Desert Whitetail [Coues] Odocoileus virginianus couesi
Legendary big game hunter and outdoor writer Jack O’Connor once eloquently said, “If someone should conduct a beauty contest among the game animals of the Southwest, I have no doubt the Arizona whitetail would win hands down. The Arizona whitetail is an exquisitely lovely thing.” Mr. O’Connor also proclaimed the Coues deer to be “the most difficult of all deer to kill” due to its extreme wariness and the inhospitable habitat this deer can live in.
Coues deer (Properly pronounced “Cows”, but nearly everyone says “Coos”) are also known as “the Arizona whitetail”. The core of the Desert Whitetail deer range is in southeastern Arizona where there are vast areas of Forest Service and BLM land, and they are found also New Mexico and Mexico. This deer has developed such a reputation for being able to vanish from view in the smallest amount of cover that it is frequently referred to as the “Grey Ghost”.
Adaptation to the desert habitat has made Coues deer one of the smallest deer in North America – 28-32” at the shoulder, 56” from head to tail, a large buck would be 80-90 lbs., does about 65 lbs. Despite their tiny body size, Coues can carry proportionally impressive racks for their size. However, to meet Boone and Crockett record book status antlers are still considerably smaller than all other white-tailed deer. Currently, to make the all-time record book, a Coues whitetail needs to score 110 typical, or 120 non-typical. All other white-tails recognized by Boone and Crockett need to score 170 typical or 195 atypical
Many people consider Coues deer to be the most challenging big game animal to hunt. Some even refer to hunting Coues deer as the “poor man’s sheep hunt” because of the harsh terrain and the high adventure in hunting them. This is the desert, plain and simple. Rugged dry and hot, where the cacti and brush thickets seem sparse to the average eye, but offer ample cover to hide these elusive deer.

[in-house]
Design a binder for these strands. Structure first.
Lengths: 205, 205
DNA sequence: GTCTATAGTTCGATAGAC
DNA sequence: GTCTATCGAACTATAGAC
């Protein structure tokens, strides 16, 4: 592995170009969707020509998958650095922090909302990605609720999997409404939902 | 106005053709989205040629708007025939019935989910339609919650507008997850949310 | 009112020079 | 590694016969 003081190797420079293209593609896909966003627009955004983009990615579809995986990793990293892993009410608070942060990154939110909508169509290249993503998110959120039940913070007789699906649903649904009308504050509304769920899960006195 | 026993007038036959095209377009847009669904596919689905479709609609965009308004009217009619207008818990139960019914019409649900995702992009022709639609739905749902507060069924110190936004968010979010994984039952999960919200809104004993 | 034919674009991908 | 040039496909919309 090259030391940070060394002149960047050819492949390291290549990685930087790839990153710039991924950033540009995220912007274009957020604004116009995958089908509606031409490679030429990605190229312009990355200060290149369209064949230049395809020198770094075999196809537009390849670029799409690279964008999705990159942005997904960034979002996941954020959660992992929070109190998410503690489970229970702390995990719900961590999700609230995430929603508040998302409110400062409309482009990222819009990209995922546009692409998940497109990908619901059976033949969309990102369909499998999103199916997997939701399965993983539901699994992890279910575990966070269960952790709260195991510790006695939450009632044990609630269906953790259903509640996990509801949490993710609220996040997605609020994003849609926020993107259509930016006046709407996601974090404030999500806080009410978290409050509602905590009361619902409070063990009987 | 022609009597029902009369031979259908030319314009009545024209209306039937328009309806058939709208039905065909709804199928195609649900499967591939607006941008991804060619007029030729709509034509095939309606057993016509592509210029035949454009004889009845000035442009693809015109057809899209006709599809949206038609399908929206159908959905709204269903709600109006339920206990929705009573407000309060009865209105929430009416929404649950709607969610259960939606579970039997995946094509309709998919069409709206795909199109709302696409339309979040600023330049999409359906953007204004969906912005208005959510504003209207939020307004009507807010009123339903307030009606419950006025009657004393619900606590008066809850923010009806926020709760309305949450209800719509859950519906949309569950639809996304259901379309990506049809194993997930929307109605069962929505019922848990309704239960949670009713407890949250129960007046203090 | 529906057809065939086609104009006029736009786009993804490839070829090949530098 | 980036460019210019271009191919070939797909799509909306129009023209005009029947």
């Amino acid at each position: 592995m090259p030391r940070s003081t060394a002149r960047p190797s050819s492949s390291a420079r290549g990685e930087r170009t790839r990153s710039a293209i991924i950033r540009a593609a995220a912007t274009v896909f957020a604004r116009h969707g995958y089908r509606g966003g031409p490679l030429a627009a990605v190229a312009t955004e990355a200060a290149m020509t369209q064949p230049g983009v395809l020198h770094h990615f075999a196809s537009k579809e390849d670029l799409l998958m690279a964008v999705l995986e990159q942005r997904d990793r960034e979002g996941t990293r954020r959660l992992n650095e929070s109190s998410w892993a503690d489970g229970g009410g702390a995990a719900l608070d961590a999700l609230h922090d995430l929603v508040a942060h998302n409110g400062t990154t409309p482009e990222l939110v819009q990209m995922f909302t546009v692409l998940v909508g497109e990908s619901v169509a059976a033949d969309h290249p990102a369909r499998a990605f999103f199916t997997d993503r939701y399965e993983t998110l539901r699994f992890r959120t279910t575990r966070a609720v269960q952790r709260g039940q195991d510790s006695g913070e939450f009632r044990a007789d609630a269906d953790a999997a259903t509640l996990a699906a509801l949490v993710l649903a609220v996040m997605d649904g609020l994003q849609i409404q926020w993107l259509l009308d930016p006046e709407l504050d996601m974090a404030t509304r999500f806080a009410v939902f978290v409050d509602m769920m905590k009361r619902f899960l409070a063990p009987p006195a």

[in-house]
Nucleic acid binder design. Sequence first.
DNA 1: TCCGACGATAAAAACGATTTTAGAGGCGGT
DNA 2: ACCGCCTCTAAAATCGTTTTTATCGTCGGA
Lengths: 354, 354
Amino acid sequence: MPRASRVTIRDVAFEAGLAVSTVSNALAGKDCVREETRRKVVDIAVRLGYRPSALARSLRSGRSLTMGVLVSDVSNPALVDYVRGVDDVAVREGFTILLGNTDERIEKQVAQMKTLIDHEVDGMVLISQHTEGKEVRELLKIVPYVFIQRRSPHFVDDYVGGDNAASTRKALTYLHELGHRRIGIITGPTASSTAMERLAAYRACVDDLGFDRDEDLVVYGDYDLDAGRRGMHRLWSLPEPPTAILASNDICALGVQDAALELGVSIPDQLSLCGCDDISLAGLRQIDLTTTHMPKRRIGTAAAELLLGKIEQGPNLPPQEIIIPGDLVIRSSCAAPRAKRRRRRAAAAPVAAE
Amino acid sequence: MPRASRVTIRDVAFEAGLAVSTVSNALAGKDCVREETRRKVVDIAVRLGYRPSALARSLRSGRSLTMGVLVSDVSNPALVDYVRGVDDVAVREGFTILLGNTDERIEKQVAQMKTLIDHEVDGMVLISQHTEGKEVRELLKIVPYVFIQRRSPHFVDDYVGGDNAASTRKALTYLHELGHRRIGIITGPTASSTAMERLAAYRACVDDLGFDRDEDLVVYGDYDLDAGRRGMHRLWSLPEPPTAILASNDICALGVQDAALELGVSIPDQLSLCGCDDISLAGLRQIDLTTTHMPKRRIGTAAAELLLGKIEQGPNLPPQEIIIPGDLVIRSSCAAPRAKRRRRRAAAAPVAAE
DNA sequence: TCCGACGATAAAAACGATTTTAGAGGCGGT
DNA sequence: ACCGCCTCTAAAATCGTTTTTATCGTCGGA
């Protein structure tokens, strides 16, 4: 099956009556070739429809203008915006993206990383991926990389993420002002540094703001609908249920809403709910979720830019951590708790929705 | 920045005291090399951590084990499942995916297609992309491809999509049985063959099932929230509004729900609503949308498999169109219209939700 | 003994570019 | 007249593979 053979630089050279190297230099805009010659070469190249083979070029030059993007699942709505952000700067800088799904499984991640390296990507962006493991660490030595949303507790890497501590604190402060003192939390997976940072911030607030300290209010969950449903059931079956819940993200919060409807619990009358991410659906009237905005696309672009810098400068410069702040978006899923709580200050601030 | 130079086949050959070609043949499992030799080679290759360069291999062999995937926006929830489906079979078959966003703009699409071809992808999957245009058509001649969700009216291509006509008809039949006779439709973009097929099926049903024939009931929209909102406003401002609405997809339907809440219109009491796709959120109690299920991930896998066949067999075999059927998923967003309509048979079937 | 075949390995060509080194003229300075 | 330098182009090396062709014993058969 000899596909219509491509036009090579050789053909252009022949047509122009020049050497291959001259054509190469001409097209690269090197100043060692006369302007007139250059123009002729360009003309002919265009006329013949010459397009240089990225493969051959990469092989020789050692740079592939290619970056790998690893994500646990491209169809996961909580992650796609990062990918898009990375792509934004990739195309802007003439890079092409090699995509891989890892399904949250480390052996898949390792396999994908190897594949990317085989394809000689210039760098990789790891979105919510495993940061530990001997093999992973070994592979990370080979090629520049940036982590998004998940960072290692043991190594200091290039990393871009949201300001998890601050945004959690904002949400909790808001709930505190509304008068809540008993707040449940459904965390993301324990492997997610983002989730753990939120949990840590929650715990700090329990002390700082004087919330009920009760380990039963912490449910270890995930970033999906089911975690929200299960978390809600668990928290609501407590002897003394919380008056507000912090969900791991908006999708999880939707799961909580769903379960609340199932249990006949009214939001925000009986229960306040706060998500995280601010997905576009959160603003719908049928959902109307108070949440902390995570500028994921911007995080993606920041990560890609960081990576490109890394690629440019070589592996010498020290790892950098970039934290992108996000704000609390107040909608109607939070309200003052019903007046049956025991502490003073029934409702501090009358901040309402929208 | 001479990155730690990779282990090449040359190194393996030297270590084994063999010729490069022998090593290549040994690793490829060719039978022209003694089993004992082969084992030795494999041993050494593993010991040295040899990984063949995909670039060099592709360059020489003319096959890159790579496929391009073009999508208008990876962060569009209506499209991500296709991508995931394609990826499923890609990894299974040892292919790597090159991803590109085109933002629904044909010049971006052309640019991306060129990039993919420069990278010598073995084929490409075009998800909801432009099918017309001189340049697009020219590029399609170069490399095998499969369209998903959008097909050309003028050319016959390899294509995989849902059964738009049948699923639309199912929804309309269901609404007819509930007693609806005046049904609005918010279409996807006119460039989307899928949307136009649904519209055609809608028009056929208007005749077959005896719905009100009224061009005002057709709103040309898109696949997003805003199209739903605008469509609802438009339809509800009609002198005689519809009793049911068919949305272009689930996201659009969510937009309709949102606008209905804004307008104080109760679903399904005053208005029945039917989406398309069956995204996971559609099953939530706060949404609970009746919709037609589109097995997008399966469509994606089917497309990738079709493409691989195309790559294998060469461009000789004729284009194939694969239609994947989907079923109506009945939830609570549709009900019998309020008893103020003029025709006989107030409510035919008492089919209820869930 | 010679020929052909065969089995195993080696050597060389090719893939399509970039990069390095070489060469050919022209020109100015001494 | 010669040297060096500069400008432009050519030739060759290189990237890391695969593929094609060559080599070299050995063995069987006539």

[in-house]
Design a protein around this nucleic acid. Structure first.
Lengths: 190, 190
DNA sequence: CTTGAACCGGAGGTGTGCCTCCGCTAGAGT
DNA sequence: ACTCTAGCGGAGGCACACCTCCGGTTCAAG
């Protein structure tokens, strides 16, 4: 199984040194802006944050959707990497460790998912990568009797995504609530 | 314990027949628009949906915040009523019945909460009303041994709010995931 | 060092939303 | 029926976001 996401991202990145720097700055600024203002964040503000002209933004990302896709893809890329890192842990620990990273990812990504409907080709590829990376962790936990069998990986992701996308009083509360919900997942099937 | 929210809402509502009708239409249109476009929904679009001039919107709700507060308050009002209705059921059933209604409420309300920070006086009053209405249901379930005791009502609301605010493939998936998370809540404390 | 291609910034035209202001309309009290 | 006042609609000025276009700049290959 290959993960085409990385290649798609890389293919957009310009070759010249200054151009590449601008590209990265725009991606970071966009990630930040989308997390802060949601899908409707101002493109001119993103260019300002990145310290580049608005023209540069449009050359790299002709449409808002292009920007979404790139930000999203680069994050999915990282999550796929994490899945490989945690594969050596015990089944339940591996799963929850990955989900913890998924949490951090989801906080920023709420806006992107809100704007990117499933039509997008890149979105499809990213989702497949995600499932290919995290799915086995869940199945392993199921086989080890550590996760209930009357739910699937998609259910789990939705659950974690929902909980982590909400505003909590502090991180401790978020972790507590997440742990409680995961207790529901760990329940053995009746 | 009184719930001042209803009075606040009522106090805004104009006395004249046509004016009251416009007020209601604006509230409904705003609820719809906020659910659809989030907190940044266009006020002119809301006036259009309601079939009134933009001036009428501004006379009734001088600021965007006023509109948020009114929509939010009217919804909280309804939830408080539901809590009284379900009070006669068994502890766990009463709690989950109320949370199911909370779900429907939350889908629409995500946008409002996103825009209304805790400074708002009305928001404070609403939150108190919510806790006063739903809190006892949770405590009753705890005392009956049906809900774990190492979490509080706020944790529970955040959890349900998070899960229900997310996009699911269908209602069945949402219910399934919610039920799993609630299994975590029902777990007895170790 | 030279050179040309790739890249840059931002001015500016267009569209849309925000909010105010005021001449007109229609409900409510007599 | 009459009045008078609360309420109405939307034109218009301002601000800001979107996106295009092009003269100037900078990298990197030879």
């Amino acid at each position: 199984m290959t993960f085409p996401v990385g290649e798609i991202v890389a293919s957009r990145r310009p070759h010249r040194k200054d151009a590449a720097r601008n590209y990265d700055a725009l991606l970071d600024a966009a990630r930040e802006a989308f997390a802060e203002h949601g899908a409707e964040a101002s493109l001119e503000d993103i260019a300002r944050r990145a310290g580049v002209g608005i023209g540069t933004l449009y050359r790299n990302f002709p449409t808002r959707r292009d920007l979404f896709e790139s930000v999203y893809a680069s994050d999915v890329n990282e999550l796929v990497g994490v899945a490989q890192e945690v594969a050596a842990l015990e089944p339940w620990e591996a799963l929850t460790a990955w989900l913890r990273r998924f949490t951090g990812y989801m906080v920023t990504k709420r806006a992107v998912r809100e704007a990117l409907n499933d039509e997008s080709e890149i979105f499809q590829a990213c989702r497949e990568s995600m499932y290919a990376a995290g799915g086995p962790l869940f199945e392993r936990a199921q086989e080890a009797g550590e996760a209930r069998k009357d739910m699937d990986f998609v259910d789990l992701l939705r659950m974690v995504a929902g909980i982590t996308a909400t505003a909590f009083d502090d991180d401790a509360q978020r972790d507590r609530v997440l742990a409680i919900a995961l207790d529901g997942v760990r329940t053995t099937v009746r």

Arizona and Mexico offer the most hunting opportunities where you can hunt public land without a guide. Arizona Coues deer hunts are “draw” hunts and Mexico’s private ranches require a guide. In New Mexico, resident & non-resident hunters can purchase tags online from NM Fish and Game. Hunting strategy – prepare for long range shooting (250-400 yards) with a flat-shooting caliber from .22-250 to .270 Heavier than that is not necessary. Bow, Crossbow and Muzzleloader hunters should prepare for the ultimate challenge both from their elusiveness and the small size of the target. Water hole hunting is often the most profitable for the bow hunter. Guides want rifle hunting clients who are able to make long shots because quiet stalking is sometimes impossible and long shots with critical placement are the norm. Bring your best optics, because spot and stalk tactics using premium optics from a high vantage point are common, and bring you’re “A-game” on this once in a lifetime adventure in your quest for the Coues deer. It is one of the most memorable and wonderful hunting experiences on the planet!
Breeding occurs from December to February with the rut peak in January. They are much the same as other whitetails across North America with bucks becoming more vulnerable to hunters from the increase in daylight rut activity.